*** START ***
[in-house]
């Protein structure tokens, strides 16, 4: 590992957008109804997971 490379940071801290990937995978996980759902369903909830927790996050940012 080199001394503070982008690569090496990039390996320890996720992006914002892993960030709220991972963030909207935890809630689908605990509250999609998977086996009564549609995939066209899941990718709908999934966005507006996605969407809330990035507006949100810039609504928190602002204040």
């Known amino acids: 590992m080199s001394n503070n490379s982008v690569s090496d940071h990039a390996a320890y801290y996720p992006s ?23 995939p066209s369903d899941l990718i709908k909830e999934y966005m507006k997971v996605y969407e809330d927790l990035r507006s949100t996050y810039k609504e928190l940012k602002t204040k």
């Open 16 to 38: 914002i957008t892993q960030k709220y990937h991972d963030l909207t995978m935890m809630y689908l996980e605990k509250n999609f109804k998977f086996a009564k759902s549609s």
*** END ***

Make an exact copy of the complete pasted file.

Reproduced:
[in-house]
């Protein structure tokens, strides 16, 4: 590992957008109804997971 490379940071801290990937995978996980759902369903909830927790996050940012 080199001394503070982008690569090496990039390996320890996720992006914002892993960030709220991972963030909207935890809630689908605990509250999609998977086996009564549609995939066209899941990718709908999934966005507006996605969407809330990035507006949100810039609504928190602002204040």
């Known amino acids: 590992m080199s001394n503070n490379s982008v690569s090496d940071h990039a390996a320890y801290y996720p992006s ?23 995939p066209s369903d899941l990718i709908k909830e999934y966005m507006k997971v996605y969407e809330d927790l990035r507006s949100t996050y810039k609504e928190l940012k602002t204040k």
């Open 16 to 38: 914002i957008t892993q960030k709220y990937h991972d963030l909207t995978m935890m809630y689908l996980e605990k509250n999609f109804k998977f086996a009564k759902s549609s």